K: I remember as a child saying I wanted to be a veterinarian, often a popular choice with kids who like cats and dogs but I never obsessed over a certain career.

D: So what did you do after high school?

K: In high school I used the co-op placement to work at a bakery, and that experience helped me decide to go to George Brown College for Baking and Pastries Arts. I remember in grade 11, really having no idea what I wanted to do but knowing university wasn’t right for me, so I picked baking as a career path.

D: [Sidenote: Kelsey then became the friend we would force to make cakes for us when we had a party or holiday coming up.] So what made you want to change careers?

K: I found the culinary trade relies heavily on your passion for the work, and often the desire to open your own business. I enjoyed baking but you work long days, often really early mornings, and you have to work holidays. I never really got a chance to enjoy my time off, or get time off to begin with. I knew I would never open my own bakery and I felt the job would never allow me to be financially independent. All the job postings I was seeing for bakers were often lower paying with no benefits. I knew that wasn’t what I wanted.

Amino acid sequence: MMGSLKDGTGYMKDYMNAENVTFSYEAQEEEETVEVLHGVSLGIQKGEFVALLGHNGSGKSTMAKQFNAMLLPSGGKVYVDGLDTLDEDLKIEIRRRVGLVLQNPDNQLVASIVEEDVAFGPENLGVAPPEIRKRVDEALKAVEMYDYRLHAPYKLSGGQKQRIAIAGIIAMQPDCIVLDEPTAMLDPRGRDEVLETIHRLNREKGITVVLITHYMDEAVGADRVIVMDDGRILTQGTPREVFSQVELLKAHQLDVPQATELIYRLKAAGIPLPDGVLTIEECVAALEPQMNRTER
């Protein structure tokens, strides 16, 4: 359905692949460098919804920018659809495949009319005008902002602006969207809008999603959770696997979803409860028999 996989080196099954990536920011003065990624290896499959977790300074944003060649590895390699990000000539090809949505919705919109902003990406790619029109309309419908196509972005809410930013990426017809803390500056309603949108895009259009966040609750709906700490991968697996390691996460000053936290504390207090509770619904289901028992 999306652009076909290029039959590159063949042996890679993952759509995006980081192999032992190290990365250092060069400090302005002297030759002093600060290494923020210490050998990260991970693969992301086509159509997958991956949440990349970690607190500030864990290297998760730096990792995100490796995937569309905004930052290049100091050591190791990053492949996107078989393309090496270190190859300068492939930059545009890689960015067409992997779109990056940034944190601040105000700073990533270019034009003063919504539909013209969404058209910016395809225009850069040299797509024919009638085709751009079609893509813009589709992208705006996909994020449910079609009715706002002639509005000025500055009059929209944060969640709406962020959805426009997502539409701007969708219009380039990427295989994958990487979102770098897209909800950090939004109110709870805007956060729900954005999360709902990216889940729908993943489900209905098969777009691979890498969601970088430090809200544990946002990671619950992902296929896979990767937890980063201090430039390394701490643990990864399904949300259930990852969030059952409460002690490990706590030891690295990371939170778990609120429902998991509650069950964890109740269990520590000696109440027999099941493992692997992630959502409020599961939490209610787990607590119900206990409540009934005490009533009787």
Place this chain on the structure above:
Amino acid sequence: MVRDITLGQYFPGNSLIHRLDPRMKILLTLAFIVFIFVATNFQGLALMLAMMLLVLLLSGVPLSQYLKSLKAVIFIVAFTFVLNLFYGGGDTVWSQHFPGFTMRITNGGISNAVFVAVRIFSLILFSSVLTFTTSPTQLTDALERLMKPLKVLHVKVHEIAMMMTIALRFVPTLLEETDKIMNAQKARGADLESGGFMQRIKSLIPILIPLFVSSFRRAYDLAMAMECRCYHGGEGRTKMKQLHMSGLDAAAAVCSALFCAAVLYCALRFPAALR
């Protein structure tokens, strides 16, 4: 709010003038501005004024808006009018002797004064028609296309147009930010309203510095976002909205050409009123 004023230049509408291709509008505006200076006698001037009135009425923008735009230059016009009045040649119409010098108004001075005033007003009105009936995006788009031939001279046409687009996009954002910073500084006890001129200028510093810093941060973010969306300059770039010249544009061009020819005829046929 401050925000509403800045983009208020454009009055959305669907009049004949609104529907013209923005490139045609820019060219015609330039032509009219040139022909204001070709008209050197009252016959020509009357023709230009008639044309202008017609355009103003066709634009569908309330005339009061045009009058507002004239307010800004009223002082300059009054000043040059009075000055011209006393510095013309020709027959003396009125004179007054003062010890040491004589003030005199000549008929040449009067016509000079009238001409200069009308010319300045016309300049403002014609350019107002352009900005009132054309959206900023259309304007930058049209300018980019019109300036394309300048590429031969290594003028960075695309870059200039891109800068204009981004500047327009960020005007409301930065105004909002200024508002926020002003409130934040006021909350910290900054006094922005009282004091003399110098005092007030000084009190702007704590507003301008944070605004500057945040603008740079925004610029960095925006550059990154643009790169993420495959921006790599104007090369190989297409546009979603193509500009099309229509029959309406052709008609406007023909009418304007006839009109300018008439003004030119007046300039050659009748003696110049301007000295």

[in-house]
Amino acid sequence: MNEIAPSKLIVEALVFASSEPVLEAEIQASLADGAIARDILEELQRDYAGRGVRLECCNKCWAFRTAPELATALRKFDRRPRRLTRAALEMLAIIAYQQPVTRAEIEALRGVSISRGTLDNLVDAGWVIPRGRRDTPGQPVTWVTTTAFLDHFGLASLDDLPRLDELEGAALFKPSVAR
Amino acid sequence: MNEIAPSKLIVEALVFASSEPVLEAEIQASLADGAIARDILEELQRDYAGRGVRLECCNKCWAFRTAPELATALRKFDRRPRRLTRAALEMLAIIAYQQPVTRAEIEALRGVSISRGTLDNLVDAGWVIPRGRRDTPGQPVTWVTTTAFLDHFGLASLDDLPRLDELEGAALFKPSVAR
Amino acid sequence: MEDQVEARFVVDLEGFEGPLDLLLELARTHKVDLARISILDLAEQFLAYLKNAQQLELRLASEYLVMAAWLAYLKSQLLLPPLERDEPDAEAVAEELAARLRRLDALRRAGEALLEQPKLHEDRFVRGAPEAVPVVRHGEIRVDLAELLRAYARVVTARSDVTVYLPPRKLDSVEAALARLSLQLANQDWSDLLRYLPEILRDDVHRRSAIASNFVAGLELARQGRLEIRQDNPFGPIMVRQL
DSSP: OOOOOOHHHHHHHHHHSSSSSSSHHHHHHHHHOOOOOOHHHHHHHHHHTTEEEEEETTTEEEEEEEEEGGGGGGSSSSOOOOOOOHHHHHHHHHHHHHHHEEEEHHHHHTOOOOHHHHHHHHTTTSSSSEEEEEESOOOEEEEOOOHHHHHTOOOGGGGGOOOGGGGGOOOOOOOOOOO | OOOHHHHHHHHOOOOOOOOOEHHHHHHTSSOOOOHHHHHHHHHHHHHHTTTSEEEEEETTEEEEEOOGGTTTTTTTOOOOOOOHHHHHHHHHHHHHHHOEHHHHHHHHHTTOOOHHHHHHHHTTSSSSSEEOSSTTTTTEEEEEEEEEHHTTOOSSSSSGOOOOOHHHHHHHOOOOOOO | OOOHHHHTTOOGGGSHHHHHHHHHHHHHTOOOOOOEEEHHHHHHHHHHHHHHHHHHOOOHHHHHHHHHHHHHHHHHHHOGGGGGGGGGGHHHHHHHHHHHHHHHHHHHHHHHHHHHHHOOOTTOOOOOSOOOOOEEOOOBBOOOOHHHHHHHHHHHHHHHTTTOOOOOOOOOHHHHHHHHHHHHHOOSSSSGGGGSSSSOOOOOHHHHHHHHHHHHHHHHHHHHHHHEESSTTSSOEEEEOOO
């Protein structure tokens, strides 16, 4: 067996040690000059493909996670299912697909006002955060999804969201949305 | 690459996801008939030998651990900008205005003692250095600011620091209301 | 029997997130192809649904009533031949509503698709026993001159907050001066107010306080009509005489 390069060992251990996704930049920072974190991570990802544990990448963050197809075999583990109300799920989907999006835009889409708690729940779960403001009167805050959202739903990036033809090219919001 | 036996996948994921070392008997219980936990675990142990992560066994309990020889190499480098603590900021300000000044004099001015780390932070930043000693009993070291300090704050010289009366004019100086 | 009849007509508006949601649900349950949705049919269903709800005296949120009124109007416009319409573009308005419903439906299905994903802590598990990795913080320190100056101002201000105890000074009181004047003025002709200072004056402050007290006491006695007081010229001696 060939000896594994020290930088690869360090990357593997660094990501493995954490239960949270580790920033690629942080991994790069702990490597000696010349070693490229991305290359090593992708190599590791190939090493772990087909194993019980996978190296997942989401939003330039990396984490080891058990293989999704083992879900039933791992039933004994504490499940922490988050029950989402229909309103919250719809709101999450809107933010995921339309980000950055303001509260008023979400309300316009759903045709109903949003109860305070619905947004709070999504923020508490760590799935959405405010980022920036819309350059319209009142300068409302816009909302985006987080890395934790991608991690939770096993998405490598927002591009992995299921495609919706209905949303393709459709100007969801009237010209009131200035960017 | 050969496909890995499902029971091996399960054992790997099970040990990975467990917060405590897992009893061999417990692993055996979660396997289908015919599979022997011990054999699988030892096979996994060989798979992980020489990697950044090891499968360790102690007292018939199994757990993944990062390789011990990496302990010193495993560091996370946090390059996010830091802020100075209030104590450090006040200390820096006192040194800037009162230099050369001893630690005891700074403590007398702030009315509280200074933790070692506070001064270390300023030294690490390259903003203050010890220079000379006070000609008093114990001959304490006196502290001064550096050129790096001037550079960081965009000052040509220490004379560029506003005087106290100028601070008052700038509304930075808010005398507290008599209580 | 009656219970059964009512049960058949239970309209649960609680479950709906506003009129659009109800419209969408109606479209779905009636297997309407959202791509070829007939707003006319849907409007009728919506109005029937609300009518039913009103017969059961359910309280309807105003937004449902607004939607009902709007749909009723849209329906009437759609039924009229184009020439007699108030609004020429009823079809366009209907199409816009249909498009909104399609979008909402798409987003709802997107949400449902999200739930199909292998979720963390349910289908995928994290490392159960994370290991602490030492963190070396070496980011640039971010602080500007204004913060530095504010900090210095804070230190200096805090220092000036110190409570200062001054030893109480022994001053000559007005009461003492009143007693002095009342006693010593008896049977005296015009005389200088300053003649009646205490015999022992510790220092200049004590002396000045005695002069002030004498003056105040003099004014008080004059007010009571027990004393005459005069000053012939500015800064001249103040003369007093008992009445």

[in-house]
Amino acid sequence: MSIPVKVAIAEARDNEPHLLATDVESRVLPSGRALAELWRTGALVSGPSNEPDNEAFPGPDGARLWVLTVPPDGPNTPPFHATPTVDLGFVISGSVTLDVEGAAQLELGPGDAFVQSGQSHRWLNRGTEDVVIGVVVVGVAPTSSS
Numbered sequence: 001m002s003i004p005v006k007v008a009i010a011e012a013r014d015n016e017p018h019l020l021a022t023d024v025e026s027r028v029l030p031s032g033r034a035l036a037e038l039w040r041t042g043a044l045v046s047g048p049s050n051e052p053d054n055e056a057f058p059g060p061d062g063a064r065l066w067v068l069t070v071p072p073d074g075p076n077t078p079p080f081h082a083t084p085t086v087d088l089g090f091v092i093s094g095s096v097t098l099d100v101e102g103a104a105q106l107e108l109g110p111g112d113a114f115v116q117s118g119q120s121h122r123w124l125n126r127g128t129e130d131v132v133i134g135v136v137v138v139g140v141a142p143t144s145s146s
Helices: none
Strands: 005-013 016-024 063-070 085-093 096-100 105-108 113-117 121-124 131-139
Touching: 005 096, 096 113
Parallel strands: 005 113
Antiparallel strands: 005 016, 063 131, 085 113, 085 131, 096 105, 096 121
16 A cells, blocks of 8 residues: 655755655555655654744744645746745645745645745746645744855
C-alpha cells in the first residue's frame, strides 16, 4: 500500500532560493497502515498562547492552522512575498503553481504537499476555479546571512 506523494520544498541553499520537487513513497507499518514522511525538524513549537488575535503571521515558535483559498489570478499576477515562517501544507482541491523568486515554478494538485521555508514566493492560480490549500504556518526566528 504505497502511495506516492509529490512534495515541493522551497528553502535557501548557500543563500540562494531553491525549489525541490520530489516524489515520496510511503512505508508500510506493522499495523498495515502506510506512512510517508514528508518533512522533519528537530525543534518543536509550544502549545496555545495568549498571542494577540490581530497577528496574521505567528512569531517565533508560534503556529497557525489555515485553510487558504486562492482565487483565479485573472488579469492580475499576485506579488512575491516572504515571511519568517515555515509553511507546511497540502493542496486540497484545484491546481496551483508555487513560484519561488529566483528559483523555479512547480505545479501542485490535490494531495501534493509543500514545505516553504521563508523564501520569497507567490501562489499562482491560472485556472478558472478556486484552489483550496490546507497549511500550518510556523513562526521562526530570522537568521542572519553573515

D: Okay, so you decided you wanted to do something different. What made you think of a tool and die worker?

K: I decided I didn’t want a career as a pastry chef, but I also didn’t know what I should do instead. My father works in the trades as an insulator and said he thought I would make a good millwright. That made me start looking into millwrights and possible schooling options. I discovered the Centre for Skilled Trades and Development in Burlington. They offered a Millwright/Tool and Die Pre-Apprenticeship Program affiliated with a company that would hire you depending on how the training goes. The program was also only 6 months, which was great because I wouldn’t have to take a long break from working full time. Based on the schooling, I decided I would become a tool and die maker (not a millwright) and was hired as an apprentice. I continued my training for 3 more years by going to Sheridan College one day a week while continuing to work. It was great because I wasn’t racking up any student debt (my tuition was only $400 a year) and received government grants from companies supporting the skilled trades.

D: What was your very first day on the job like?

K: The first day was extremely over whelming! No amount of classroom training can prepare you for, what looks like, such a chaotic environment. A production plant is fast paced with many moving elements. I could feel that eyes were on me. To make things worse, I didn’t have a proper work uniform yet so I felt really self-conscious walking around in my jeans since they are more form fitting than regular uniform pants.

D: Were you scared at all to work in a mostly male-dominated industry?